Canonical content and AMP

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Canonical content and AMP

Andrew Betts
At the F2F in March I was concerned that the best progressive web apps were generally mobile-only, and I’m getting a similar feeling about AMP.

I’m wondering whether TAG have a view on the use of `m.` sites.  From an architectural perspective `m.` is a bad thing, surely.  But I can’t build my desktop webpages using AMP - because I would lose essential features like reader comments, so I'm stuck serving (at least) two copies of the same document.

HTML sandbox / Content Performance Policy seems like a better approach, but I’m wondering whether I’m alone in thinking that a) technologies like AMP can promote duplication of content in multiple formats in different locations on the web, and 2) that’s a bad thing.

Seems to me that we've spent the last few years gradually moving away from m., and we're now heading back towards that territory.  Is this a conscious recognition that One-Responsive-To-Rule-Them-All was a bad idea?
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RE: Canonical content and AMP

Travis Leithead-2

My initial reaction is that AMP, while good intentioned and helpful for performance, is similar to the “mobile web” XHTML subset or the TV subsetting that we discussed. The difference is that AMP is opt-in by the developer community, so it’s not device- or browser-makers building it in…

 

From: Andrew Betts [mailto:[hidden email]]
Sent: Tuesday, April 19, 2016 1:31 AM
To: [hidden email]
Subject: Canonical content and AMP

 

At the F2F in March I was concerned that the best progressive web apps were generally mobile-only, and I’m getting a similar feeling about AMP.

 

I’m wondering whether TAG have a view on the use of `m.` sites.  From an architectural perspective `m.` is a bad thing, surely.  But I can’t build my desktop webpages using AMP - because I would lose essential features like reader comments, so I'm stuck serving (at least) two copies of the same document.

 

HTML sandbox / Content Performance Policy seems like a better approach, but I’m wondering whether I’m alone in thinking that a) technologies like AMP can promote duplication of content in multiple formats in different locations on the web, and 2) that’s a bad thing.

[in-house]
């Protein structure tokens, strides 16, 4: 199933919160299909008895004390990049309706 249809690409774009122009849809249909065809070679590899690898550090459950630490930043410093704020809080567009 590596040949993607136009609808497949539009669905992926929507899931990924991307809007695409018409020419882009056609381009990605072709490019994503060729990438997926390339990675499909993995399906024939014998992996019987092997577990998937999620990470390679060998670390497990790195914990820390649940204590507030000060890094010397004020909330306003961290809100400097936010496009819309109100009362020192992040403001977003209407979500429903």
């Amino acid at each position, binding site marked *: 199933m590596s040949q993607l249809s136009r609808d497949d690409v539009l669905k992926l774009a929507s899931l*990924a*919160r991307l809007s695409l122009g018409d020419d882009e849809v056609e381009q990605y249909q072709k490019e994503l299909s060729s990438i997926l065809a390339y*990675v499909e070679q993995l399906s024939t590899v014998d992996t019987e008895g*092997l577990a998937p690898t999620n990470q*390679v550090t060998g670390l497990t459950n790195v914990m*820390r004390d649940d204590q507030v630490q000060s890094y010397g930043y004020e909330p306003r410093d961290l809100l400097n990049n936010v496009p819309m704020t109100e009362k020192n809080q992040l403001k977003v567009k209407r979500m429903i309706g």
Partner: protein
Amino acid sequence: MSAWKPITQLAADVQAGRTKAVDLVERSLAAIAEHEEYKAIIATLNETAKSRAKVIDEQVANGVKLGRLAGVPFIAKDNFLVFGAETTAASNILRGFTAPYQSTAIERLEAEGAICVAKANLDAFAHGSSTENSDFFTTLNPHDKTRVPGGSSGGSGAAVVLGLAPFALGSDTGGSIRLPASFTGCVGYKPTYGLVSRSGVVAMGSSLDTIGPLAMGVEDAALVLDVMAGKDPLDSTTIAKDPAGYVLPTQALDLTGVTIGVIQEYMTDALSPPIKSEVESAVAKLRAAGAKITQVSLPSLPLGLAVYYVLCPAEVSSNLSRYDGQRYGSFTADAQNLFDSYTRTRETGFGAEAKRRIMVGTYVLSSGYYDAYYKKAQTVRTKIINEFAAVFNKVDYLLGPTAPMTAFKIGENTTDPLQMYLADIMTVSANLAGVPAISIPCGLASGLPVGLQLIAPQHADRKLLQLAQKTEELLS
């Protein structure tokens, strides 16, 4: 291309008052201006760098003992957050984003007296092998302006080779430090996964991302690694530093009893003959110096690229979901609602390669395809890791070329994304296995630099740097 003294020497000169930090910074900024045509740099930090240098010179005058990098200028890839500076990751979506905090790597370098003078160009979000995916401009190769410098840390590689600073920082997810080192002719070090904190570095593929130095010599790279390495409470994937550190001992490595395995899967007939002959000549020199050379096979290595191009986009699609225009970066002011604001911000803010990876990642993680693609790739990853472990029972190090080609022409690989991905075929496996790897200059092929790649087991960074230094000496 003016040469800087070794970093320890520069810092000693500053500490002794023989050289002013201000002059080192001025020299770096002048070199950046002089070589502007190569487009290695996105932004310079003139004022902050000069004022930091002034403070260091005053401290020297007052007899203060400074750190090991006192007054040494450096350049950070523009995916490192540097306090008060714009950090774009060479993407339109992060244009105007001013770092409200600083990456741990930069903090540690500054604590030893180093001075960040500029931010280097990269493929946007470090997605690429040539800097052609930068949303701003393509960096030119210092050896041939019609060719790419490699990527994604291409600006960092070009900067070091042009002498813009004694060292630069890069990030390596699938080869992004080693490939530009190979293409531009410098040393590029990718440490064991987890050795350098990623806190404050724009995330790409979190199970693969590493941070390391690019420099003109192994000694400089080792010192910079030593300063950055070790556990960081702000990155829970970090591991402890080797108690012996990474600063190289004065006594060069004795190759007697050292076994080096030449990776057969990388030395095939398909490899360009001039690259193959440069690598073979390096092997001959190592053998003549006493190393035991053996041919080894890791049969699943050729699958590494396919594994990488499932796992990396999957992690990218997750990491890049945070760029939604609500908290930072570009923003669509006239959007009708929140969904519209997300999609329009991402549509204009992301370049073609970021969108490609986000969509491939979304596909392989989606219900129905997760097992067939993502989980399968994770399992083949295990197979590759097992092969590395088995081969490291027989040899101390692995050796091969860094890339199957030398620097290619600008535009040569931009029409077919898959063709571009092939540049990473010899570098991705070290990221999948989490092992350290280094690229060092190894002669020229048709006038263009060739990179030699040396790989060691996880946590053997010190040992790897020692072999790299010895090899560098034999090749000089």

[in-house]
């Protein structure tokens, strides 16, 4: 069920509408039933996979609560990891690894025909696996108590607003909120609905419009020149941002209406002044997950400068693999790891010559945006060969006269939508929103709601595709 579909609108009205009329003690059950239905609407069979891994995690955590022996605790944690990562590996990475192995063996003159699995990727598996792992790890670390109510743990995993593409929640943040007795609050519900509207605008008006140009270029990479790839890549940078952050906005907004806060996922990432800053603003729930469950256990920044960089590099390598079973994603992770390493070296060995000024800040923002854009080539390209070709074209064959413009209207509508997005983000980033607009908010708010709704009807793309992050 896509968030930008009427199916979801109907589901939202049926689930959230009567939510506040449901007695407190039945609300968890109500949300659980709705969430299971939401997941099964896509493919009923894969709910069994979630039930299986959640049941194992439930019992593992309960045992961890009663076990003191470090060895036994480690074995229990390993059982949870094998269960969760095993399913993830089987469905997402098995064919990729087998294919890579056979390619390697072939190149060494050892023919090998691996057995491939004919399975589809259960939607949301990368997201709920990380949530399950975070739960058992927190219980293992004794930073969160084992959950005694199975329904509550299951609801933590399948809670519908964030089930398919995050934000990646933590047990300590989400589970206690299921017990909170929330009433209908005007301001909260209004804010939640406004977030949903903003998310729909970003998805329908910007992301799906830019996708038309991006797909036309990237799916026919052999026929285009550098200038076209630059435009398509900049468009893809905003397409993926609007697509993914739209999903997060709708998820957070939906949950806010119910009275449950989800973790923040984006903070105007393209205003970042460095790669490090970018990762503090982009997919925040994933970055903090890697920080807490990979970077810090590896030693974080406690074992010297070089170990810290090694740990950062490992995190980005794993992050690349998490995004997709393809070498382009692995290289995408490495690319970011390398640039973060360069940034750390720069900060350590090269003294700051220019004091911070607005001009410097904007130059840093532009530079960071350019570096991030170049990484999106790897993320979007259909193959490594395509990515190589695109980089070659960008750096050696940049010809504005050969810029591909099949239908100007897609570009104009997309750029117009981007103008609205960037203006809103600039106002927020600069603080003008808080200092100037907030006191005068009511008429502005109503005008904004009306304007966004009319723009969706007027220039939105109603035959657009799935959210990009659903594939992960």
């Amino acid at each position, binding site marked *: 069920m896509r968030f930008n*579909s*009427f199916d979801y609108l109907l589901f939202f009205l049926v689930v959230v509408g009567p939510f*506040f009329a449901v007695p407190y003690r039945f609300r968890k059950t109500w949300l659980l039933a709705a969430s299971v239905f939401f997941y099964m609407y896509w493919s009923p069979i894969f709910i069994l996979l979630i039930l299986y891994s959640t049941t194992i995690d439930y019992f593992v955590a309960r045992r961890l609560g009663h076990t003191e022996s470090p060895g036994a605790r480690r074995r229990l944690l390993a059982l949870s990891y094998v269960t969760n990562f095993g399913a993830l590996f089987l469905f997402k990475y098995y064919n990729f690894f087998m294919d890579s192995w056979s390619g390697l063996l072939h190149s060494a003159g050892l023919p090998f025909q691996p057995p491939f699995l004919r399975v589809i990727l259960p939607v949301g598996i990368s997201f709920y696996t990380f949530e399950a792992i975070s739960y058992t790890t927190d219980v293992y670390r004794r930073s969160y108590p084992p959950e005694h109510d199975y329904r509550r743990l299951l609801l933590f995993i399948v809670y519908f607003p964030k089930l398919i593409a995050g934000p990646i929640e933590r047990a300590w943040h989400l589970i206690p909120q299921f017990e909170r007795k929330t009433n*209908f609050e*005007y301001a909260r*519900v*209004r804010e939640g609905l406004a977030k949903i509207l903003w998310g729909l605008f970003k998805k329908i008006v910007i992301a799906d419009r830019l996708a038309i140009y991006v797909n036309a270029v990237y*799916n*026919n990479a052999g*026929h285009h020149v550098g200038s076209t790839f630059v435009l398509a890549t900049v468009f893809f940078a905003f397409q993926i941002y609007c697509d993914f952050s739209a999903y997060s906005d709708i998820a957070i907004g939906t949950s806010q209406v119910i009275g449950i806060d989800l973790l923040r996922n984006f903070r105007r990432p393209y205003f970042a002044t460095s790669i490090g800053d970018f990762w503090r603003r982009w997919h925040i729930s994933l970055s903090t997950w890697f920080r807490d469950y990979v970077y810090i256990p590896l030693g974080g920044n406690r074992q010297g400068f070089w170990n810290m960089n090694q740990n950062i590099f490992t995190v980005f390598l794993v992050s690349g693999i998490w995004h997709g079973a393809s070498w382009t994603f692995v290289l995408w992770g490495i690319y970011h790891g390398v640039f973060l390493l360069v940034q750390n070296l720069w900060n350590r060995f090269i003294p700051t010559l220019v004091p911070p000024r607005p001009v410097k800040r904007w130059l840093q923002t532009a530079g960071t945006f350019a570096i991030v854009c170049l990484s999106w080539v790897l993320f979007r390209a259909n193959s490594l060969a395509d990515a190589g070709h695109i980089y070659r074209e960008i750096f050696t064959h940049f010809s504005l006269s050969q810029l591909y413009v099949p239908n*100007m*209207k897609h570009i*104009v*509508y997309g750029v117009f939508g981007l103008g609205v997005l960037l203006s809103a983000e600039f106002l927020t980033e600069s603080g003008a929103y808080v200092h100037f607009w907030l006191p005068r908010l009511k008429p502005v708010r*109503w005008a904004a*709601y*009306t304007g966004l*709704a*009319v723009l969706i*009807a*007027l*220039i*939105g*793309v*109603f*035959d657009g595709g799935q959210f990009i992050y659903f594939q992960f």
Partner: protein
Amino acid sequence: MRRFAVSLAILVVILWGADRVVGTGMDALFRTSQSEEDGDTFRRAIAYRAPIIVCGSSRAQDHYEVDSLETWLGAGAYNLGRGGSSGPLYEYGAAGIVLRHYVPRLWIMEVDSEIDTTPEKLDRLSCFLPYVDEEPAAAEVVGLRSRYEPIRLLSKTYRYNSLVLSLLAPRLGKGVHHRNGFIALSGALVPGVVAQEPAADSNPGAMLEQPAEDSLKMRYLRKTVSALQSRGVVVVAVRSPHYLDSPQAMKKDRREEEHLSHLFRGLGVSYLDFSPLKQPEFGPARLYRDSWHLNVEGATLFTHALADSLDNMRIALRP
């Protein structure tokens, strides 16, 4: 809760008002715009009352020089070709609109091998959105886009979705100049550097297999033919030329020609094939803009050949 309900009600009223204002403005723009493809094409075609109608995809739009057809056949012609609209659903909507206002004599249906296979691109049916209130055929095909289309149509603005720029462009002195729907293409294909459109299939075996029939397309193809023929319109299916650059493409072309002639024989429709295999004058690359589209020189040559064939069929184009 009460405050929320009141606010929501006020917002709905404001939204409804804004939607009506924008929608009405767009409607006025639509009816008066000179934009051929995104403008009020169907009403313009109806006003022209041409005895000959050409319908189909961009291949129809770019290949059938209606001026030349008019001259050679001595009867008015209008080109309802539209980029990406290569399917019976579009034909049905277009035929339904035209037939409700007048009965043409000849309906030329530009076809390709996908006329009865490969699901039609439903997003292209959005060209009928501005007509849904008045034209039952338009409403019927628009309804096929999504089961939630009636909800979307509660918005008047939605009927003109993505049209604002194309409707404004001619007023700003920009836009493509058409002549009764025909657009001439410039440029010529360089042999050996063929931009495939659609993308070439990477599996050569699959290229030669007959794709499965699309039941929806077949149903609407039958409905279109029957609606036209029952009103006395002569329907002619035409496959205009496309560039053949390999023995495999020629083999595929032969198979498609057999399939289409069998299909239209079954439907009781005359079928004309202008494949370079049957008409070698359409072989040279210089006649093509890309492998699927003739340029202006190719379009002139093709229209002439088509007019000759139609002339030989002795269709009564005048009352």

Seems to me that we've spent the last few years gradually moving away from m., and we're now heading back towards that territory.  Is this a conscious recognition that One-Responsive-To-Rule-Them-All was a bad idea?

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Re: Canonical content and AMP

Philip Sheldrake
I didn’t think much about AMP until I read this Search Engine Watch article in February. This is the phrase that caused a pang: “Simply put, Accelerated Mobile Pages is a stripped-down version of the mobile web which runs on a reinvented version of the language used to create web pages: HTML.”

The article describes AMP as “Google’s answer to Facebook’s Instant Articles and Apple News.”

I can only agree with Andrew… technologies like AMP promote duplication of content in multiple formats in different locations on the web, and that’s a bad thing. Especially in those situations (all of the above) where the architectural sleight of hand helps continue to centralize the action.

And I can’t see there’s much we can do about it. Directly that is. It’s a classic case of what the hi:project team has come to call short-term-gain-long-term-pain. And just look at all those publishing companies signing up for that short-term-gain – market and technological forces leave them no option imho.


On 19 April 2016 at 15:48, Travis Leithead <[hidden email]> wrote:

My initial reaction is that AMP, while good intentioned and helpful for performance, is similar to the “mobile web” XHTML subset or the TV subsetting that we discussed. The difference is that AMP is opt-in by the developer community, so it’s not device- or browser-makers building it in…

 

From: Andrew Betts [mailto:[hidden email]]
Sent: Tuesday, April 19, 2016 1:31 AM
To: [hidden email]
Subject: Canonical content and AMP

 

At the F2F in March I was concerned that the best progressive web apps were generally mobile-only, and I’m getting a similar feeling about AMP.

 

I’m wondering whether TAG have a view on the use of `m.` sites.  From an architectural perspective `m.` is a bad thing, surely.  But I can’t build my desktop webpages using AMP - because I would lose essential features like reader comments, so I'm stuck serving (at least) two copies of the same document.

 

HTML sandbox / Content Performance Policy seems like a better approach, but I’m wondering whether I’m alone in thinking that a) technologies like AMP can promote duplication of content in multiple formats in different locations on the web, and 2) that’s a bad thing.

 

Seems to me that we've spent the last few years gradually moving away from m., and we're now heading back towards that territory.  Is this a conscious recognition that One-Responsive-To-Rule-Them-All was a bad idea?